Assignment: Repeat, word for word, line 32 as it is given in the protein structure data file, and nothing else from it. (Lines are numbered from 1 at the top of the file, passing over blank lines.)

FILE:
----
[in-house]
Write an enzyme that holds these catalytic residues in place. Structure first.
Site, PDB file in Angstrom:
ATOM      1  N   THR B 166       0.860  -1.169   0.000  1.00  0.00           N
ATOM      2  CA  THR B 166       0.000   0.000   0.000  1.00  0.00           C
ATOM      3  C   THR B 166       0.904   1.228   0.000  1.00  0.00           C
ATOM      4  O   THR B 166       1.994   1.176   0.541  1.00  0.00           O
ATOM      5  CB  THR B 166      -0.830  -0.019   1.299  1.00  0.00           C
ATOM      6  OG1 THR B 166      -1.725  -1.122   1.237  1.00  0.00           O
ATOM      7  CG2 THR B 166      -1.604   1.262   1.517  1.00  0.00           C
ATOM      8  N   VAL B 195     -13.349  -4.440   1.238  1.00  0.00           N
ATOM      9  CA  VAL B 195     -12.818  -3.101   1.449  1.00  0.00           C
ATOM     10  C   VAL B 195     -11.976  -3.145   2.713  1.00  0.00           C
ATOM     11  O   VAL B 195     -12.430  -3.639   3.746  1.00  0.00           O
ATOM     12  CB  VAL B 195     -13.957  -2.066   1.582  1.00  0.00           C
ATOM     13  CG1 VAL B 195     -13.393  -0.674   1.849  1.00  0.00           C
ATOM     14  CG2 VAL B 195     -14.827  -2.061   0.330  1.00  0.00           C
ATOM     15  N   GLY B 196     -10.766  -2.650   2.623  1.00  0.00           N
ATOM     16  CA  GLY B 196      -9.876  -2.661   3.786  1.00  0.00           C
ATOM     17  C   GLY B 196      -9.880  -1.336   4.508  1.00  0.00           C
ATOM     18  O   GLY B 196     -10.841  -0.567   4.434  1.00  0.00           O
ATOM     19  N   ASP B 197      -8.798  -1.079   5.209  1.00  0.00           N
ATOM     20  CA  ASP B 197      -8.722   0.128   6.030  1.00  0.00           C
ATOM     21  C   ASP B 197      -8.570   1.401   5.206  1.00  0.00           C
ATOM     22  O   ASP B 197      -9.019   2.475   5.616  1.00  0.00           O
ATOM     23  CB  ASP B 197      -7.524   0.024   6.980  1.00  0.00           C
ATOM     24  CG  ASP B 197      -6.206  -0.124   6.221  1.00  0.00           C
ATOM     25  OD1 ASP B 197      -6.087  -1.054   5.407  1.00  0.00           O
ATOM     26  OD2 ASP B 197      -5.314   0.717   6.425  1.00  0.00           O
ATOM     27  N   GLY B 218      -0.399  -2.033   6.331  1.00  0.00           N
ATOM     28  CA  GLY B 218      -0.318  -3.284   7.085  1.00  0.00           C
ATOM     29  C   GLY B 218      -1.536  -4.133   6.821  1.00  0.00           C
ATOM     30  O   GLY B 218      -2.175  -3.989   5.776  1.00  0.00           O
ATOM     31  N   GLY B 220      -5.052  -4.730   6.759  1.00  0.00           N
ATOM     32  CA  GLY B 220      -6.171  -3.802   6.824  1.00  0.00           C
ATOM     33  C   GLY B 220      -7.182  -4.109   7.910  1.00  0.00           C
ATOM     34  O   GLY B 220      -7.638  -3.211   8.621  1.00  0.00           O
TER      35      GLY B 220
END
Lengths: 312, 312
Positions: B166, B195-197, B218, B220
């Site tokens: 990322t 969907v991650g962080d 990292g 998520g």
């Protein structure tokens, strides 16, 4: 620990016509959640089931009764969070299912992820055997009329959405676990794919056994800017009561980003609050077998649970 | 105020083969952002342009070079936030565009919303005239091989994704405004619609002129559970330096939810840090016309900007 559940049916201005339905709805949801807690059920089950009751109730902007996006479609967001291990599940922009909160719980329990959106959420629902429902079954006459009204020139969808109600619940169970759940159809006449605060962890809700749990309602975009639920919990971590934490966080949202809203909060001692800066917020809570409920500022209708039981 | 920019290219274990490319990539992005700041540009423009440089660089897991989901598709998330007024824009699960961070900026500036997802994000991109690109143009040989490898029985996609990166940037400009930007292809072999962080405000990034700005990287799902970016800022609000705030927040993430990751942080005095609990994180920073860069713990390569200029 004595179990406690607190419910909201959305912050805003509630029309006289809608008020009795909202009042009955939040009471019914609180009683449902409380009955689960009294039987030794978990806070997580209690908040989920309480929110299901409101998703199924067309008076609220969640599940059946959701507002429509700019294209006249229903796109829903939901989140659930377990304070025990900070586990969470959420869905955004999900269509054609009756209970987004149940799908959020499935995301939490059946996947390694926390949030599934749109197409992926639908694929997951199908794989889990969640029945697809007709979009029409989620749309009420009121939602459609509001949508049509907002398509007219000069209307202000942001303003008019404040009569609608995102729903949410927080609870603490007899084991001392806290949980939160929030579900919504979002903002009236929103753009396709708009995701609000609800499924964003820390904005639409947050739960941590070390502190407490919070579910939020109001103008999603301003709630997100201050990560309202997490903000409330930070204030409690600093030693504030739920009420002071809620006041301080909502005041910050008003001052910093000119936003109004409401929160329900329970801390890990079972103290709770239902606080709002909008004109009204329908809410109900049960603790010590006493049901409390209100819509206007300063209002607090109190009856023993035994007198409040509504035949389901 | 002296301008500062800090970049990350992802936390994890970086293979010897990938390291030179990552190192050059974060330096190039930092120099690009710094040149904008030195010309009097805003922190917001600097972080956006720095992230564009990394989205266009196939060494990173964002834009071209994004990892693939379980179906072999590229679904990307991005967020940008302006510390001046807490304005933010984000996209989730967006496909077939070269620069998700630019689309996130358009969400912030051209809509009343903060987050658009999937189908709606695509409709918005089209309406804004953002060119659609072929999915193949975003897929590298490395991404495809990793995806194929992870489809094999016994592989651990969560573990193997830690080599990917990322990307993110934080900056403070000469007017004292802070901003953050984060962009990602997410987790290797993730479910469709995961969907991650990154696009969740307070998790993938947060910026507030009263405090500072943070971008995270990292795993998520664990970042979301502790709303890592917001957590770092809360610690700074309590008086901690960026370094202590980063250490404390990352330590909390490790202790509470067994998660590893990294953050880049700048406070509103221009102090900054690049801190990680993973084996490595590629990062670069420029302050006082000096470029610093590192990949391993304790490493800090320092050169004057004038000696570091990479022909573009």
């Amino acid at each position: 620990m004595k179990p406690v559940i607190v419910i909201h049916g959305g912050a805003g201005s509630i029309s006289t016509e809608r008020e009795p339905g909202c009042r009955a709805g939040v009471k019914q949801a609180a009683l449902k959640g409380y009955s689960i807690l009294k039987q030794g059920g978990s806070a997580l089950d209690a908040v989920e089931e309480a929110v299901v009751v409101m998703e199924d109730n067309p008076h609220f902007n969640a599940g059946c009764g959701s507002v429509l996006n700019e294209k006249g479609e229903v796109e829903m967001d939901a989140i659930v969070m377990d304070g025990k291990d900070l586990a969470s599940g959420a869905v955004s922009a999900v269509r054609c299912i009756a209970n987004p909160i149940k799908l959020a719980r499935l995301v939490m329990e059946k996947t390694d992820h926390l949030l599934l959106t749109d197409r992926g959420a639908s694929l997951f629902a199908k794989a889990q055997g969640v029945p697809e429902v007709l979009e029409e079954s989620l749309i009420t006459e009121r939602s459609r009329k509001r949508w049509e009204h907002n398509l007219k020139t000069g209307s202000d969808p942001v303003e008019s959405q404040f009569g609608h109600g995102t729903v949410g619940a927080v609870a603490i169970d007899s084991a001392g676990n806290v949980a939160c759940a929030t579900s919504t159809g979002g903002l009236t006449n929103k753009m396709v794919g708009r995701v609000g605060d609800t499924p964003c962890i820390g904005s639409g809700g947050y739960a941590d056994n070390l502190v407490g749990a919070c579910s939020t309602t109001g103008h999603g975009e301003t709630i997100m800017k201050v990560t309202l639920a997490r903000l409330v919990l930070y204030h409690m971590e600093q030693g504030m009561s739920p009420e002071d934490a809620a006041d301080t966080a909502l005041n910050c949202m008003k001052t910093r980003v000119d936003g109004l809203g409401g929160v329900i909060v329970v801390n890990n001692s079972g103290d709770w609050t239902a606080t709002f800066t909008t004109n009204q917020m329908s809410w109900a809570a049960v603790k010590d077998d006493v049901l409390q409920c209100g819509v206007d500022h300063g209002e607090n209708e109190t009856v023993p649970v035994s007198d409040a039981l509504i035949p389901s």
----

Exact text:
ATOM     29  C   GLY B 218      -1.536  -4.133   6.821  1.00  0.00           C